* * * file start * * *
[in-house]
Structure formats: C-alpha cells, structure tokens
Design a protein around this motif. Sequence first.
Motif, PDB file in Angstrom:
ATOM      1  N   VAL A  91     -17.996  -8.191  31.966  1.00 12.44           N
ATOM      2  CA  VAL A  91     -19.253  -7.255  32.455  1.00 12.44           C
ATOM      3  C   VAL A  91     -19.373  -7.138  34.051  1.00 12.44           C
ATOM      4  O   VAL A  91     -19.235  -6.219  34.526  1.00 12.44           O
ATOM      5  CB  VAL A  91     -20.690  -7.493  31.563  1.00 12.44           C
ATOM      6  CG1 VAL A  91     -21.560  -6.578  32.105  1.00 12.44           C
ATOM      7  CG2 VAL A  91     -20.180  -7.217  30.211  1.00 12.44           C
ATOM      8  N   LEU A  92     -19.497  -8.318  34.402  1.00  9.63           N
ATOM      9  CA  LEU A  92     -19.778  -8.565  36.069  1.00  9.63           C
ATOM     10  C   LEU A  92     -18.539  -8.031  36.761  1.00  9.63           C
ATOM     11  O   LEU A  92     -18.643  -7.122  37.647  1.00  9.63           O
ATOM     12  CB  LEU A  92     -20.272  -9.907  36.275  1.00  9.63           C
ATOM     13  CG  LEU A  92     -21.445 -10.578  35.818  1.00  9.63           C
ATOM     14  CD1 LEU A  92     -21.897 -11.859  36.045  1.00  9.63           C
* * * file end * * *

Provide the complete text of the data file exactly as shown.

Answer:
[in-house]
Structure formats: C-alpha cells, structure tokens
Design a protein around this motif. Sequence first.
Motif, PDB file in Angstrom:
ATOM      1  N   VAL A  91     -17.996  -8.191  31.966  1.00 12.44           N
ATOM      2  CA  VAL A  91     -19.253  -7.255  32.455  1.00 12.44           C
ATOM      3  C   VAL A  91     -19.373  -7.138  34.051  1.00 12.44           C
ATOM      4  O   VAL A  91     -19.235  -6.219  34.526  1.00 12.44           O
ATOM      5  CB  VAL A  91     -20.690  -7.493  31.563  1.00 12.44           C
ATOM      6  CG1 VAL A  91     -21.560  -6.578  32.105  1.00 12.44           C
ATOM      7  CG2 VAL A  91     -20.180  -7.217  30.211  1.00 12.44           C
ATOM      8  N   LEU A  92     -19.497  -8.318  34.402  1.00  9.63           N
ATOM      9  CA  LEU A  92     -19.778  -8.565  36.069  1.00  9.63           C
ATOM     10  C   LEU A  92     -18.539  -8.031  36.761  1.00  9.63           C
ATOM     11  O   LEU A  92     -18.643  -7.122  37.647  1.00  9.63           O
ATOM     12  CB  LEU A  92     -20.272  -9.907  36.275  1.00  9.63           C
ATOM     13  CG  LEU A  92     -21.445 -10.578  35.818  1.00  9.63           C
ATOM     14  CD1 LEU A  92     -21.897 -11.859  36.045  1.00  9.63           C